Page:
Drafting a comprehensive succession plan is an effective tool used by most business owners to protect the stability of their organization. This can be accomplished alongside an estate plan or crafted independent of these other documents. Unfortunately, whether through bad advice, anecdotal evidence or learned in popular media, numerous myths could potentially disrupt your plans for effective succession planning.
Here are four common myths that business owners must identify and overcome when developing their own succession plans:
- Succession planning is only for the upper-level positions: Depending on the hierarchy of your organization, you might naturally tend toward the C-suite level or other business directors. In truth, succession planning is a tool that can be used to benefit all levels of your organization from identifying emerging leaders as they grow with the company to creating development plans focused on shoring up a department’s weaknesses.
- Succession planning is a finite process: Too often, a business owner will devote significant time and resources to developing a strong succession plan, and then stop. In truth, the succession plan is a living document. As new opportunities are identified or staffing needs change due to attrition at all levels, the plan should consistently be reviewed, revised and improved.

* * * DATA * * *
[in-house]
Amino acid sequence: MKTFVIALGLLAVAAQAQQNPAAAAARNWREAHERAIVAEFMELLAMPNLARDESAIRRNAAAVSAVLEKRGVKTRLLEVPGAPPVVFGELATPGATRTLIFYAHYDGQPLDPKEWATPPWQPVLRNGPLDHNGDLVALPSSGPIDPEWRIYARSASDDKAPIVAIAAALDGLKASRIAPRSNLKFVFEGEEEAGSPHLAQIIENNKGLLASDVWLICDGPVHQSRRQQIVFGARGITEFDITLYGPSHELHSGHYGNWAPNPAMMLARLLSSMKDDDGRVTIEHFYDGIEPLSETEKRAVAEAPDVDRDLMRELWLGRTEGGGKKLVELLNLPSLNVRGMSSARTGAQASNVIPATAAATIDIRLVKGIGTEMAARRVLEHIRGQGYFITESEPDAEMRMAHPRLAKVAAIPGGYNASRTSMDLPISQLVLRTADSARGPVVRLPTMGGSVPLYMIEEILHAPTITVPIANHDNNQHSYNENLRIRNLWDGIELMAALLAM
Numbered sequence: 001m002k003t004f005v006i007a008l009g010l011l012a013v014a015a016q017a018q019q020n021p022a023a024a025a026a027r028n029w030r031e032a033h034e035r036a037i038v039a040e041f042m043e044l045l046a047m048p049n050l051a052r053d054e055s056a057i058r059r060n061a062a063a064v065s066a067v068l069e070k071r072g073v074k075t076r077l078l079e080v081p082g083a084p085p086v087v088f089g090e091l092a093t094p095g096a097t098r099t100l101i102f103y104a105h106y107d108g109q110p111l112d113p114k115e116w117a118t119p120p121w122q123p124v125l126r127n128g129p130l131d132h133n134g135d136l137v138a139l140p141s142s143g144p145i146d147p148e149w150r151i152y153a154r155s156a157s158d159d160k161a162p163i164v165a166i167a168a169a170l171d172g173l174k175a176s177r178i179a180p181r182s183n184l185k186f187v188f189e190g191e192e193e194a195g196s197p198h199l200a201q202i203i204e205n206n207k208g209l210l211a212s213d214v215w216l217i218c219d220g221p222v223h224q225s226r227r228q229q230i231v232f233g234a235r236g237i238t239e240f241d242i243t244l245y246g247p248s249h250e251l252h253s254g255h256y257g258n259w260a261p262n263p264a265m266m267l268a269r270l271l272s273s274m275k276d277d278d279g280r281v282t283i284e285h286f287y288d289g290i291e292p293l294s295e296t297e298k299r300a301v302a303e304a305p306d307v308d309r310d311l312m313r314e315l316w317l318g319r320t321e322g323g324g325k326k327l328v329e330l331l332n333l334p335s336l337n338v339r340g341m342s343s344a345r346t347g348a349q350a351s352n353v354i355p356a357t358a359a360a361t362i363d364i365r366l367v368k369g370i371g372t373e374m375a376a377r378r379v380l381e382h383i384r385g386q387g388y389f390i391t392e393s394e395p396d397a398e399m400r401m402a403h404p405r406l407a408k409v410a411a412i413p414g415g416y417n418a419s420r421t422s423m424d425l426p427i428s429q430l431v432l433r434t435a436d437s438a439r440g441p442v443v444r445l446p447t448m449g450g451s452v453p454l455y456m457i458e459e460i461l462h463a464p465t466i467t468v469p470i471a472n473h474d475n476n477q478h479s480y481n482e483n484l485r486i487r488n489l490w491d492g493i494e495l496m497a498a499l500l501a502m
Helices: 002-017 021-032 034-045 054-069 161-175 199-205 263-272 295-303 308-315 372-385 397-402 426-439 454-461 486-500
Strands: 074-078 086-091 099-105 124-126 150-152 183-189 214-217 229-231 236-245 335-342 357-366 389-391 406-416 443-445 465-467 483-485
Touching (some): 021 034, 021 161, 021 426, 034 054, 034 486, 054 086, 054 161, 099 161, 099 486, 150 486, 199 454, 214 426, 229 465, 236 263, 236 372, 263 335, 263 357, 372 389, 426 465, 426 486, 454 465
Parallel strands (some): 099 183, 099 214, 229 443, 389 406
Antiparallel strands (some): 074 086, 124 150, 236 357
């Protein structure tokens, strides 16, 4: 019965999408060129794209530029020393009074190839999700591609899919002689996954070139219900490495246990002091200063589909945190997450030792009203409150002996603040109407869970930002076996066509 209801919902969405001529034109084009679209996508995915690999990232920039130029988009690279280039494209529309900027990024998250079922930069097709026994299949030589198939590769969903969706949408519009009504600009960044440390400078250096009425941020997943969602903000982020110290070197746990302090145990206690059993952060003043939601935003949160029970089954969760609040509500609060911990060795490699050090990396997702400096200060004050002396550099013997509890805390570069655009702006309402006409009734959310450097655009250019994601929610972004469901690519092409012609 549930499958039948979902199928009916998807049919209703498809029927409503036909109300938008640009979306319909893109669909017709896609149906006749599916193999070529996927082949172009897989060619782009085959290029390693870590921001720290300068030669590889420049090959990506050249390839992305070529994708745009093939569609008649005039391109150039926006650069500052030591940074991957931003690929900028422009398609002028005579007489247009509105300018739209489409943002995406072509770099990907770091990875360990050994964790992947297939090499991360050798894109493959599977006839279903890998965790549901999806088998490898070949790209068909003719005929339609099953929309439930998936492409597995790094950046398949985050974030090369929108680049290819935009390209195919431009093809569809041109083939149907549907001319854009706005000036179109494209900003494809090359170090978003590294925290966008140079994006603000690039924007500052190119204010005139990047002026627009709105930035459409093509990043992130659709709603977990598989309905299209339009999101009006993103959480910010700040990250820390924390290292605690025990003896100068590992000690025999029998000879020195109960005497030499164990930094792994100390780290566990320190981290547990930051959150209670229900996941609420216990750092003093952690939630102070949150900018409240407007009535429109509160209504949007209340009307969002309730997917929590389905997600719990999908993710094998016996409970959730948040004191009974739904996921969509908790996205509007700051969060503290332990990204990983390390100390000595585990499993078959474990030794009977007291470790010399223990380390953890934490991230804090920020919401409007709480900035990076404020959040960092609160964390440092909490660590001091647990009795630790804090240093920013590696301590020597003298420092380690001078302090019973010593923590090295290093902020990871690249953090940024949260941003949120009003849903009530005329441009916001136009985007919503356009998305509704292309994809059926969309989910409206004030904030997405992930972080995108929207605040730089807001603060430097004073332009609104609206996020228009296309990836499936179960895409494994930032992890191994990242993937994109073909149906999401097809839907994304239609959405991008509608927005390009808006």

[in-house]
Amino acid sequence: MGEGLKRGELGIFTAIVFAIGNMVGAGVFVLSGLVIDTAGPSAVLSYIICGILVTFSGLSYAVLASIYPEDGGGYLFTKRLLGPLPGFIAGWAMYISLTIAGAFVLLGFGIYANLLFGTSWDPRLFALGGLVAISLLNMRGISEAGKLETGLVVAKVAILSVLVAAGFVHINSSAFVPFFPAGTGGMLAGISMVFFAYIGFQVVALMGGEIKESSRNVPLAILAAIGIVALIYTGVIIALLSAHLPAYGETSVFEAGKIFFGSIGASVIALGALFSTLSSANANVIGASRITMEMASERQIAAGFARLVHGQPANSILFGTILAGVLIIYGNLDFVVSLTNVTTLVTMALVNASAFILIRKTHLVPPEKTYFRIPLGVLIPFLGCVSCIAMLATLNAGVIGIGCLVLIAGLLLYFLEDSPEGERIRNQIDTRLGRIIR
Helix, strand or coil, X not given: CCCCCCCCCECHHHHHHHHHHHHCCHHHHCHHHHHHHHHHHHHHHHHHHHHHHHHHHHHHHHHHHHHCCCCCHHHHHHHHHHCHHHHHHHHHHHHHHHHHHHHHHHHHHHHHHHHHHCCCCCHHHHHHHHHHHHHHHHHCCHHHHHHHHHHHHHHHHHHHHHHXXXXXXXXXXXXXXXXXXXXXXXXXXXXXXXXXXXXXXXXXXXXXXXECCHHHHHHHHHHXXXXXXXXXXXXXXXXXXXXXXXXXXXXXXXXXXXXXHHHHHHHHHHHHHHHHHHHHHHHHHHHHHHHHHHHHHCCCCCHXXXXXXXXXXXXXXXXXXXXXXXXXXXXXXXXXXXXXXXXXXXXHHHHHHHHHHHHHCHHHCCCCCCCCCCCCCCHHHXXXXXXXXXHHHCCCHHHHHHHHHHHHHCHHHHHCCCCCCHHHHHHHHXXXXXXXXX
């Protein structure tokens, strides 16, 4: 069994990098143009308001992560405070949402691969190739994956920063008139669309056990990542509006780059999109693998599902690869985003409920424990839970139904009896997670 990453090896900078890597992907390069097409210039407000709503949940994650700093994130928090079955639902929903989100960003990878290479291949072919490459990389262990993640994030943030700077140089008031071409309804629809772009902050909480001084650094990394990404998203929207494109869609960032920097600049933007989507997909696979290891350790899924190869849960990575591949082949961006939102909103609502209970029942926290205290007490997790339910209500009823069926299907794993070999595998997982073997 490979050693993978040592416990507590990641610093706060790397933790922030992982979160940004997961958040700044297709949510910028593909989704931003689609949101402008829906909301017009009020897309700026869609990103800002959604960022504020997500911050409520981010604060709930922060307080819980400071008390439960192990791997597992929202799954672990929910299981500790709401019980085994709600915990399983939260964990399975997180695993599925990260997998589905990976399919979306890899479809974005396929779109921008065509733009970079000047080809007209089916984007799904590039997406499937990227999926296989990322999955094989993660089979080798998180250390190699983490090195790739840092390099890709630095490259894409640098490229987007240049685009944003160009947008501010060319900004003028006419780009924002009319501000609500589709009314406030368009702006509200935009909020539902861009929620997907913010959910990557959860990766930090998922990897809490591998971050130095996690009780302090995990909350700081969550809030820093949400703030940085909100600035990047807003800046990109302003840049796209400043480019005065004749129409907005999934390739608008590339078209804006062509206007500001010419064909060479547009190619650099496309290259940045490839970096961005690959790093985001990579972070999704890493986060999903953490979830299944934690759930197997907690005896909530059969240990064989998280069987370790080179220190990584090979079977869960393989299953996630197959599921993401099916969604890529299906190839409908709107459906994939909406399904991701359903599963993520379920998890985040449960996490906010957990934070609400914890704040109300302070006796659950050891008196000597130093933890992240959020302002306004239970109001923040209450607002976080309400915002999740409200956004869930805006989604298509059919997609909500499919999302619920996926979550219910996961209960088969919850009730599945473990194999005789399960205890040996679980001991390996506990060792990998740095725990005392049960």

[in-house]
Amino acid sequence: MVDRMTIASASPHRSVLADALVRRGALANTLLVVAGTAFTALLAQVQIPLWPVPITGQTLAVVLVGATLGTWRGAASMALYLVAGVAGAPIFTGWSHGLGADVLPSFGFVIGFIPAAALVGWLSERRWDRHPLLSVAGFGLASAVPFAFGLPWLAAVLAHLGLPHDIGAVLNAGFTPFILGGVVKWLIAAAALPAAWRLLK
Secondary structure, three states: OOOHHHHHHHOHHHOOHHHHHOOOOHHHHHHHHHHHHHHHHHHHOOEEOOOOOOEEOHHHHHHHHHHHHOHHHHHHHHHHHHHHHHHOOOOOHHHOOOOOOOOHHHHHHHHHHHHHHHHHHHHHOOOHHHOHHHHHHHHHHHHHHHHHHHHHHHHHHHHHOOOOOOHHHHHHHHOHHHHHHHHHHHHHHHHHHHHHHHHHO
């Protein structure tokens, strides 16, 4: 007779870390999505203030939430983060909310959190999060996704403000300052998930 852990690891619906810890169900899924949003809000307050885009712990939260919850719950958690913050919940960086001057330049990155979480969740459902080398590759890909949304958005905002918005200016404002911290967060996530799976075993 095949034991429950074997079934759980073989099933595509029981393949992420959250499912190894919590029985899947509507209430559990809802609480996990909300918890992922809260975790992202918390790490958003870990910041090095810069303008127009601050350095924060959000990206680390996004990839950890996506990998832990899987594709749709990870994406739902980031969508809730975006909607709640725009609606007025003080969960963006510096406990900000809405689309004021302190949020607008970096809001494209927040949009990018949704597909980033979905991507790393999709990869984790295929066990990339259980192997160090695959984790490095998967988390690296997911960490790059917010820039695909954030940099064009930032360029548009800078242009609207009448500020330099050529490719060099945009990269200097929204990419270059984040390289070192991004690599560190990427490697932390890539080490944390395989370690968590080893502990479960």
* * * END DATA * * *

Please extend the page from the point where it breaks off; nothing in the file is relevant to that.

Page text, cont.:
- Succession planning ends when the successor is named: When the former business owner leaves the organization and the successor is officially named, many believe the process has ended. While a significant portion of the plan might have reached its conclusion, there are numerous steps that must be carried out. The business transition process is complex, including providing vendor relationship data, key success factors, growth potential and future plans. Avoiding the “sink or swim” mentality when handing over the reigns to your successor is paramount.
- Succession planning is best kept behind closed doors: It is a mistake to make these decisions based on the vacuum of a conference room. Sharing plans and encouraging feedback from key stakeholders can lead to diverse ideas and a new approach to numerous problems.
Avoiding these myths and preconceived notions is crucial in the development of an effective business succession plan. Finding the right candidates, filling leadership positions and boosting the productivity of underperforming departments can all mean the difference between a successful organization or one that struggles into the future.